When patent trolls are hungry, they reach for Apple. And when they do, they often get fed. In the bizarre world of US patent law, even when your case has little merit, you’re probably going to get paid anyway.
Apple vs. Trolls
The Chicago Tribune put together a great report detailing several recent public statements from Apple that support the claim that Cupertino is the most favored target of patent trolls.
Patent trolls are known in the industry (which can’t call them “patent trolls” in court) as Patent Assertion Entities, or PAEs. They do not invent or create anything, they don’t manufacture anything, they don’t even sell anything. All they do is buy patents so they can take other companies to court.
According to Apple, patent trolls “do nothing more than acquire vague patents, and then use litigation or the threat of litigation to negotiate royalties that are far larger than what the patents warrant.”
In a filing to the Federal Trade Commission, Apple stated that “No firm has been targeted by PAEs more than Apple.” Apple further stated that it has had to battle patent trolls “92 times in the past three years alone,” which is more than any other tech company.
Apple, as we cover in this space every week, generally has its act together in court. The Cupertino legal team is a finely tuned machine, and it’s very uncommon to see them lose in court. So why would patent trolls keep coming after them?
In an amicus brief for an upcoming Supreme Court case, Apple puts the issue into sharper relief: “Apple has rarely lost on the merits. But victory figures as small consolation, because in every one of these cases, Apple has been forced to bear its legal fees. This reality is the lifeblood of the patent assertion industry…”
While it stings to pay trolls cash when they’re threatening you with a bogus lawsuit, it’s sometimes the only smart thing to do, since you have to pay your lawyers whether you win or lose. Too often, it’s cheaper to feed the troll with cash than to go to court, even when you’re right. Even when you win.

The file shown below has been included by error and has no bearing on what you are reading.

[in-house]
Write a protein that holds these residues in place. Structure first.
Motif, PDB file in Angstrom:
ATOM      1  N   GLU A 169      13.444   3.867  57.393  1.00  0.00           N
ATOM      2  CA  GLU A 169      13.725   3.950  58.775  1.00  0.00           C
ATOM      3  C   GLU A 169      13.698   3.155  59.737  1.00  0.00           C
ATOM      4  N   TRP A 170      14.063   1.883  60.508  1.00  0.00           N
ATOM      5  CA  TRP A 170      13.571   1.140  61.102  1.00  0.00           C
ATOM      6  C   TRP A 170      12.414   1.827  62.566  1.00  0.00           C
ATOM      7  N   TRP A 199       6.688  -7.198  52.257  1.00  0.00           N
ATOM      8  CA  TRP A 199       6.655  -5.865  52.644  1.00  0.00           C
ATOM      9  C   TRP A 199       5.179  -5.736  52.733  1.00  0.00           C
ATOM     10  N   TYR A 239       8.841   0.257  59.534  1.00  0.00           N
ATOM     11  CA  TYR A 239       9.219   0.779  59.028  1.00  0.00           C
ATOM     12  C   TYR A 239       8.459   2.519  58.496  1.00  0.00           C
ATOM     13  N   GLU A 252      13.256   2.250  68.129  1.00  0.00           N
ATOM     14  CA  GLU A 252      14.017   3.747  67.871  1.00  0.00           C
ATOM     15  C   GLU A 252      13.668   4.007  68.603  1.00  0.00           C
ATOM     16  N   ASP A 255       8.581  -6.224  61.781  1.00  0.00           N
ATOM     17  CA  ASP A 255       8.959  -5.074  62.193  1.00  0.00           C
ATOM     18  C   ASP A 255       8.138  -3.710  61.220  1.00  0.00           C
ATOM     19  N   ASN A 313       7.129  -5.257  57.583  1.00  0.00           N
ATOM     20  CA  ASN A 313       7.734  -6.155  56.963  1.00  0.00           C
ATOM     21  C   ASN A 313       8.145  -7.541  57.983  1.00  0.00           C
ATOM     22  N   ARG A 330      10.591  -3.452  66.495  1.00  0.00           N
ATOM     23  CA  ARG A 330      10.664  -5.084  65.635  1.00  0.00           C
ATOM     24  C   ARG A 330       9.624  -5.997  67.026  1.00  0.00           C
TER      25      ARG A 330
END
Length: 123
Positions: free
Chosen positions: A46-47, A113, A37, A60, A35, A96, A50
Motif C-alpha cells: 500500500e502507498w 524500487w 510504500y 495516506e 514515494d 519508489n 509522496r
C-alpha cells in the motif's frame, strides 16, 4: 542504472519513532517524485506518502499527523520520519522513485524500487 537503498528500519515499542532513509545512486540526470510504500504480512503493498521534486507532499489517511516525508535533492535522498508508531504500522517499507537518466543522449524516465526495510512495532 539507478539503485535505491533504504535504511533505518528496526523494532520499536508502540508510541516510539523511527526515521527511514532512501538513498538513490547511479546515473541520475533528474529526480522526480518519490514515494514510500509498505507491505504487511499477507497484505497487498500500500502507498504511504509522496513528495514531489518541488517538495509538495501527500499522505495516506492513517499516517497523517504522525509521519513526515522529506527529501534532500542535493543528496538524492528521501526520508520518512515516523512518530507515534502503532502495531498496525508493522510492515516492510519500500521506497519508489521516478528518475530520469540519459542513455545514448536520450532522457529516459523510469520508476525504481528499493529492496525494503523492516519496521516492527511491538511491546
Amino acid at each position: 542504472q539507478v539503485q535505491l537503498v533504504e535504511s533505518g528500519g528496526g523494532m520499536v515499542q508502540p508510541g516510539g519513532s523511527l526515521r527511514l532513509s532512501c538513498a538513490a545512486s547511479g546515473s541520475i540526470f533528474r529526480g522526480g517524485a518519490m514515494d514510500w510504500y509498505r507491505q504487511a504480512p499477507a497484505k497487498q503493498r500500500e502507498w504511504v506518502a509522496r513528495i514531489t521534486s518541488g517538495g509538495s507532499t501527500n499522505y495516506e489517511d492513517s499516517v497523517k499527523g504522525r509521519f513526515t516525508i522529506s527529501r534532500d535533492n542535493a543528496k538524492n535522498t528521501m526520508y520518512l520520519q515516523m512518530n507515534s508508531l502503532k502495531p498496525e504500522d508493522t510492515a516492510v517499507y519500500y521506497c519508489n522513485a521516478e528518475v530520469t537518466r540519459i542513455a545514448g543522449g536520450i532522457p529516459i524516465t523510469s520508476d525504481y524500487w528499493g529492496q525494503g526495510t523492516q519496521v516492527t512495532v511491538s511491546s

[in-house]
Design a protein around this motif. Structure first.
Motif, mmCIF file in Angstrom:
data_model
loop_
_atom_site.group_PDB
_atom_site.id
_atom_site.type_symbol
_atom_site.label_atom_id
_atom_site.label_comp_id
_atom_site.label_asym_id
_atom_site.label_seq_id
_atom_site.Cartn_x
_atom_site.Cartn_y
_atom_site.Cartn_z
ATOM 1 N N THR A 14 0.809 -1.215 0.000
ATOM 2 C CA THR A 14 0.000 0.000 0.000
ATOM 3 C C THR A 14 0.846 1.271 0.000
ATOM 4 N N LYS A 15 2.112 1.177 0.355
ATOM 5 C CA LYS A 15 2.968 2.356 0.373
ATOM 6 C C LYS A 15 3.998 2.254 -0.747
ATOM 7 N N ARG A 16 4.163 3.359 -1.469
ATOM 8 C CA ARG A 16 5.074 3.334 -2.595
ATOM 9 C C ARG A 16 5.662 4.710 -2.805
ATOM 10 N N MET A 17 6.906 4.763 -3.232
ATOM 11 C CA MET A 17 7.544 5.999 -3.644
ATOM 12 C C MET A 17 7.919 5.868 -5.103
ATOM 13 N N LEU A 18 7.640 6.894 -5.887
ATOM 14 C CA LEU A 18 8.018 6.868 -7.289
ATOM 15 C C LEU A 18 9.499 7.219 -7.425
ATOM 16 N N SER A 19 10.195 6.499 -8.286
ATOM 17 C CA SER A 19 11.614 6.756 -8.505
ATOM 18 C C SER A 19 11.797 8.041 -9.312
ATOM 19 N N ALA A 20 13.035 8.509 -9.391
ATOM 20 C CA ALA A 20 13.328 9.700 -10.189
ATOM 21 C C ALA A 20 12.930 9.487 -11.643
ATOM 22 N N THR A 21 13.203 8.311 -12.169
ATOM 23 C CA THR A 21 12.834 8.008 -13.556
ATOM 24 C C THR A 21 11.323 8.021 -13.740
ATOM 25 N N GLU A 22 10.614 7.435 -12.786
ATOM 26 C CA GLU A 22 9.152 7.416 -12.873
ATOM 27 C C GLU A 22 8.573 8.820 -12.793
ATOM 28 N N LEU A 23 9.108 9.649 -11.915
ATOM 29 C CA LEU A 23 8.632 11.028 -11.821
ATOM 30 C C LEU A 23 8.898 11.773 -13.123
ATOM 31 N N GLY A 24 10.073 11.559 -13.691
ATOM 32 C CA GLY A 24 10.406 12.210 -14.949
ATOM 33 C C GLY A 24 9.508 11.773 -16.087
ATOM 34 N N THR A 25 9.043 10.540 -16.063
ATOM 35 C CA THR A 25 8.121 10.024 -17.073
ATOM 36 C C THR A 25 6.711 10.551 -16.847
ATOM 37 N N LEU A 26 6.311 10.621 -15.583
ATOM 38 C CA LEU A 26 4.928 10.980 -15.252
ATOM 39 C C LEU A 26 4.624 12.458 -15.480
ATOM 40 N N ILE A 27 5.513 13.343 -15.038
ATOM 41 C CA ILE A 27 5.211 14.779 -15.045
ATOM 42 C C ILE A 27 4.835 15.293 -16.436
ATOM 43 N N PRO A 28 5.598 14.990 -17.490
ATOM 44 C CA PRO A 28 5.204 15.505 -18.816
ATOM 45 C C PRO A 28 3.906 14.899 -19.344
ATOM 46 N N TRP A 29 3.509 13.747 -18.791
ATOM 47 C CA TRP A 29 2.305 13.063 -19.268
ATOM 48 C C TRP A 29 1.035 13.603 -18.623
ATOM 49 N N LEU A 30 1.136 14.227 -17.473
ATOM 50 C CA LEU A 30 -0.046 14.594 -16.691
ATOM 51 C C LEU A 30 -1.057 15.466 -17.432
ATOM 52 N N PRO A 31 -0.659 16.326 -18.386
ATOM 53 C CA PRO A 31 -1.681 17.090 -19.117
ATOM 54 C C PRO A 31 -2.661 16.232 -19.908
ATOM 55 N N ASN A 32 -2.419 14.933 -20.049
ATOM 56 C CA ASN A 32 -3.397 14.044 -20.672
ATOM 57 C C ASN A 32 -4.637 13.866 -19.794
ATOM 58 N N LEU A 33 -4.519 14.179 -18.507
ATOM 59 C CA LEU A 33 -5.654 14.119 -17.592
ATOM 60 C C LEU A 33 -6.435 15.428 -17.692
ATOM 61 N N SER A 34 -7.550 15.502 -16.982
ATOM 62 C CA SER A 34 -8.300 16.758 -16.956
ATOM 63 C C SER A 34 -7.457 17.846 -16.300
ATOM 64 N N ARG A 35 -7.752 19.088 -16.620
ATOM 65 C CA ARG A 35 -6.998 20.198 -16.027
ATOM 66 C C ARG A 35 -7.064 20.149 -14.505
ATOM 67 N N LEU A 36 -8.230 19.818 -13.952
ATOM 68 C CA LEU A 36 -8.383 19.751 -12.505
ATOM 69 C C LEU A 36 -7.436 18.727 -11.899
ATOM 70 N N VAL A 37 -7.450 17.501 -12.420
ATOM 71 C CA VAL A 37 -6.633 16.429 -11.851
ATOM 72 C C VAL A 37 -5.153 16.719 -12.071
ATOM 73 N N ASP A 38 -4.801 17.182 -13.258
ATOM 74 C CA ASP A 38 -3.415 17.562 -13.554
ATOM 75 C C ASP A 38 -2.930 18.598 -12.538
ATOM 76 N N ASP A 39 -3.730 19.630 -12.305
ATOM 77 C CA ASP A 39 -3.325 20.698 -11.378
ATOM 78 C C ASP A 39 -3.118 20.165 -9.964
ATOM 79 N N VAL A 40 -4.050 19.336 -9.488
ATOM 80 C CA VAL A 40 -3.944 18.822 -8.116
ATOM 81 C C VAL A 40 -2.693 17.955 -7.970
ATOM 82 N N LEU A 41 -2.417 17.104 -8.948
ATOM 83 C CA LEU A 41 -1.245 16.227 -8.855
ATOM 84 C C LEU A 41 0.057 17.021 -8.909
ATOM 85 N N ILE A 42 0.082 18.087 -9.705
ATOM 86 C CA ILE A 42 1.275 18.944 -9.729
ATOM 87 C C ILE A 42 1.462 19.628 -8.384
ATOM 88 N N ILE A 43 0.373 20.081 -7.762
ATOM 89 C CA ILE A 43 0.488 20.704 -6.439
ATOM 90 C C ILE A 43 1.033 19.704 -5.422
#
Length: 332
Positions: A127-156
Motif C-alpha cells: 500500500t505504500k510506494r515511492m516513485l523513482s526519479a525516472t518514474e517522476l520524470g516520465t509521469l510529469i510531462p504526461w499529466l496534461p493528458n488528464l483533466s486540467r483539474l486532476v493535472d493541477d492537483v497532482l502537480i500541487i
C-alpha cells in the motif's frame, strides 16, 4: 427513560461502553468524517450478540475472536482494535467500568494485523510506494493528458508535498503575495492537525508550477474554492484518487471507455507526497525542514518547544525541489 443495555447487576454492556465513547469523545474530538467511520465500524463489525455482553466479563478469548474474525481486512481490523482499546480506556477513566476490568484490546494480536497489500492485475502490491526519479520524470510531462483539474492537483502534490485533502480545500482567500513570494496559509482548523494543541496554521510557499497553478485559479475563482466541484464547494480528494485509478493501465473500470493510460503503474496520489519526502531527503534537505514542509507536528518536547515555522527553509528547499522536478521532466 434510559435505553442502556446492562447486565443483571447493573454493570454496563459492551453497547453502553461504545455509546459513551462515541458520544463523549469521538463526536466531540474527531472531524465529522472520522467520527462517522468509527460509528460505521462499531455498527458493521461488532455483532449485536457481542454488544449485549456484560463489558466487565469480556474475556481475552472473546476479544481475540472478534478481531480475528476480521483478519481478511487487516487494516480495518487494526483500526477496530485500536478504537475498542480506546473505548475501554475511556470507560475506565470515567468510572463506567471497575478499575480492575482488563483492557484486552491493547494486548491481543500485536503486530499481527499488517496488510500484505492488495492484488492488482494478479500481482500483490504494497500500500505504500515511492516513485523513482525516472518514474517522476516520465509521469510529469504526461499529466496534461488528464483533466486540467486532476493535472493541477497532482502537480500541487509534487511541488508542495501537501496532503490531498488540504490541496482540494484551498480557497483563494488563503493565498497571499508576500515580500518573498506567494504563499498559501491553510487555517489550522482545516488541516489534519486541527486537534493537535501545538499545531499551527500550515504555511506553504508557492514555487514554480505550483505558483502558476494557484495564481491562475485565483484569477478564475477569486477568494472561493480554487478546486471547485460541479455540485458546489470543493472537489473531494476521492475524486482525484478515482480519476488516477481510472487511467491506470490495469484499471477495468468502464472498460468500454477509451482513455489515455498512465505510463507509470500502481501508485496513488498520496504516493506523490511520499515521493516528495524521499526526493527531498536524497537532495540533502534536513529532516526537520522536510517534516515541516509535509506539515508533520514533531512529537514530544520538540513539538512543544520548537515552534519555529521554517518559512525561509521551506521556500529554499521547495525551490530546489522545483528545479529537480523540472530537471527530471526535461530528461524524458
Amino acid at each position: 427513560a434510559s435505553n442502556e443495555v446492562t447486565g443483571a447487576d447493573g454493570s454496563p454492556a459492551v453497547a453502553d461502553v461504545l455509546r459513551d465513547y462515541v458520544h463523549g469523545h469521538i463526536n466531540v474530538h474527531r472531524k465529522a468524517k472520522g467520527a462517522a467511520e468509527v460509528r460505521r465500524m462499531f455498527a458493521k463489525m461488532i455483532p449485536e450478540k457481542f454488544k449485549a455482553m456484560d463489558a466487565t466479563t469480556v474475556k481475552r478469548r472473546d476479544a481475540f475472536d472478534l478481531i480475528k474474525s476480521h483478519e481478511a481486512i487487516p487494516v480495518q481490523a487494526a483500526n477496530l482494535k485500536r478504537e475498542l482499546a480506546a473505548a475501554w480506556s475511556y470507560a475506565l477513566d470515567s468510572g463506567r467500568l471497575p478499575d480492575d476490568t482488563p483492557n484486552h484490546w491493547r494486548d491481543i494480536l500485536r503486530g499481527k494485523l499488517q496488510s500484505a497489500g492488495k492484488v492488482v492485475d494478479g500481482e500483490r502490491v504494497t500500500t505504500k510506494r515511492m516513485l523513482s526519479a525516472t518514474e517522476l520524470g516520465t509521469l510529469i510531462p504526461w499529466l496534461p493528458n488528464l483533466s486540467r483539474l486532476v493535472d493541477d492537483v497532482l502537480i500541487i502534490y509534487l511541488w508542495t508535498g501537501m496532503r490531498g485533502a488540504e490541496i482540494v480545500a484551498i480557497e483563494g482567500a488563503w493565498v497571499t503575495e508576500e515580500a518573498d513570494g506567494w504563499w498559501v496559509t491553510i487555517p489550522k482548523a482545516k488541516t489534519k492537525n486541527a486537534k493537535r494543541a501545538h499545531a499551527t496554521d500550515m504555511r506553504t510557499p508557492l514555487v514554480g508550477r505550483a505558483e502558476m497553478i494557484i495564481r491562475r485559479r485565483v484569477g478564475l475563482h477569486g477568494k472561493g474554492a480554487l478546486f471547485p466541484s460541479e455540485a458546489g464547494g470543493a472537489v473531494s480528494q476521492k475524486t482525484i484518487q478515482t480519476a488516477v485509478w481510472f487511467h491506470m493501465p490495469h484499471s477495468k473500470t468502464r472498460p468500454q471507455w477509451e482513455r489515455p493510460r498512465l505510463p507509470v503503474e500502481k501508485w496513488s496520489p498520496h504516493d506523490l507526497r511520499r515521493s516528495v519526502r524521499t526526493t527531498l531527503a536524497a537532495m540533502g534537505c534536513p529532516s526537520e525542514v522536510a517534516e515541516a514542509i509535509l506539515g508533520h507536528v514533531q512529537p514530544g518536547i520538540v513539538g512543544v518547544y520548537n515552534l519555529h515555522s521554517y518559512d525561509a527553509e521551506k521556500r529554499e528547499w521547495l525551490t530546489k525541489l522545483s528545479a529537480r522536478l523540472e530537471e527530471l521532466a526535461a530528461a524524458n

Trolling Apple in court: good work if you can find it.
“Indeed, the opening line of many negotiations is some form of, ‘What we’re asking for is less than it will cost you to litigate this case to judgment,’ Apple stated. So how often does Apple just pay to make the troll go away?
Out of the most recent 92 cases, Apple has resolved 57 of them. In 51 of those cases, Apple just decided to settle with the troll to avoid legal costs, despite a firm belief that it had not infringed any patents; in the other six cases, the troll either lost or quit.
So, 51 wins for the trolls out of 57; that’s a winning percentage of 89.5 percent. Easy money. But what is the real cost to this nonsense?
According to one Apple brief, patent trolls “have become a drag on technological innovation, inflicting billions of dollars in deadweight losses every year.”
The reason we’ve received this rare insight into the inner workings of Apple is because it’s one of several tech companies — including Netflix, Facebook. LinkedIn, and Google — that have filed briefs for the upcoming Supreme Court case Highmark v. Allcare Management Systems. If the SCOTUS rules in favor of the Apple and the rest, it will make it easier to collect attorney fees from trolls that lose in court.
That alone might be enough to encourage companies to fight back against trolls, which would certainly be enough to make trolls run and hide. Because right now, having to pay your lawyers to argue an absurd case in court doesn’t make a lot of sense. Right now, feeding the troll is often the only way to win.
Connect with this writer, Adrian Hoppel, through his website: adrianhoppel.com